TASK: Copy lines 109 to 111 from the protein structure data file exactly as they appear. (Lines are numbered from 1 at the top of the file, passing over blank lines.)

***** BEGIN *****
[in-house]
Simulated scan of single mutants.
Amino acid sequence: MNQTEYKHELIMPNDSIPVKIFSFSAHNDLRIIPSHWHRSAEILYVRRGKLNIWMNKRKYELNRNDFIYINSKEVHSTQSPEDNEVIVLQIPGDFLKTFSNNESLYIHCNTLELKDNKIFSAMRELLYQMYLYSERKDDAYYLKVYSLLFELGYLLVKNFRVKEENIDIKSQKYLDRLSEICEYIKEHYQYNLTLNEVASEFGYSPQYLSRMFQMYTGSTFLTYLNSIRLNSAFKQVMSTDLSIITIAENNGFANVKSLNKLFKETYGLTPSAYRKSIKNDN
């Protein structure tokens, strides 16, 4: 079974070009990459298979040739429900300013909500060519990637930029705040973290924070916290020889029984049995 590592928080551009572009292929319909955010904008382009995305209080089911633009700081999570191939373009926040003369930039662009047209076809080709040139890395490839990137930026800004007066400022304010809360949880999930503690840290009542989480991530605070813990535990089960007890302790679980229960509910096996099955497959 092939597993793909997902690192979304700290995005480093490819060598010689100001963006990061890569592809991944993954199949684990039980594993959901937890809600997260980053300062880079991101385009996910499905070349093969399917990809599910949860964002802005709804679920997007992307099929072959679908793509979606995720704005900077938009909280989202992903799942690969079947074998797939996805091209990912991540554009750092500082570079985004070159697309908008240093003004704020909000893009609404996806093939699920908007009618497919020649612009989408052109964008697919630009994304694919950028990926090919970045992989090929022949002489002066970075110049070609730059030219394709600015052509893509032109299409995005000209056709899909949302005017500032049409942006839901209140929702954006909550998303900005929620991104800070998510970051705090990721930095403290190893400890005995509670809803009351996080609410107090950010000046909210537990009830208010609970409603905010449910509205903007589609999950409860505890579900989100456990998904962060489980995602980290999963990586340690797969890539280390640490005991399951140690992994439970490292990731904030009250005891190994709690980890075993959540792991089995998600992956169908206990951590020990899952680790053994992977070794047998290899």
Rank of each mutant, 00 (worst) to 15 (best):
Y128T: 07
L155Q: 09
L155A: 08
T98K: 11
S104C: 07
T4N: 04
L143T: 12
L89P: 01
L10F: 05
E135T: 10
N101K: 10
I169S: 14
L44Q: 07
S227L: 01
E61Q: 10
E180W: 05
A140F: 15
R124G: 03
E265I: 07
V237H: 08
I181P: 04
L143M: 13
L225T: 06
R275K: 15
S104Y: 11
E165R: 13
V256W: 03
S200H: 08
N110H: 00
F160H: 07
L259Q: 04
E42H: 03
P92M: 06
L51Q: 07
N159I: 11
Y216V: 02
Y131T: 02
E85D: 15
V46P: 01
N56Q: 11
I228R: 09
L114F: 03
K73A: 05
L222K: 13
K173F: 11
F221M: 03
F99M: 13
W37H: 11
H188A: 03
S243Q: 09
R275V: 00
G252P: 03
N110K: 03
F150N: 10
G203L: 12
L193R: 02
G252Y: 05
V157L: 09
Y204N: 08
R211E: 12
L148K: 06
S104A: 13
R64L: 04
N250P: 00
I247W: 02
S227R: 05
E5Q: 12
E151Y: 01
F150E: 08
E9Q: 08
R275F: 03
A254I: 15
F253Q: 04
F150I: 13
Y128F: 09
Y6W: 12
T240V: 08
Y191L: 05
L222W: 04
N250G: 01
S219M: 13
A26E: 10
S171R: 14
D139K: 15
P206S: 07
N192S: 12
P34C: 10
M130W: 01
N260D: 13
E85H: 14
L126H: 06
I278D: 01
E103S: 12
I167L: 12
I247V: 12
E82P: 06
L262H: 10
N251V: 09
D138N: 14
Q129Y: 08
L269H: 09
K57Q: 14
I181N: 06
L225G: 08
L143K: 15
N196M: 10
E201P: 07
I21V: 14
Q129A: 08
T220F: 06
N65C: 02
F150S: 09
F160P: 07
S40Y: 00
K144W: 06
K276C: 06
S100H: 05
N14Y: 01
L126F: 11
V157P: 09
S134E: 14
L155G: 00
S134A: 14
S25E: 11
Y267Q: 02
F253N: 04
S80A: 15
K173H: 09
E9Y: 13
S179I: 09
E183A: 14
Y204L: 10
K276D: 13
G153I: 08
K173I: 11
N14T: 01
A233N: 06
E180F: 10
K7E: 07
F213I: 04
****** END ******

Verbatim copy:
L225G: 08
L143K: 15
N196M: 10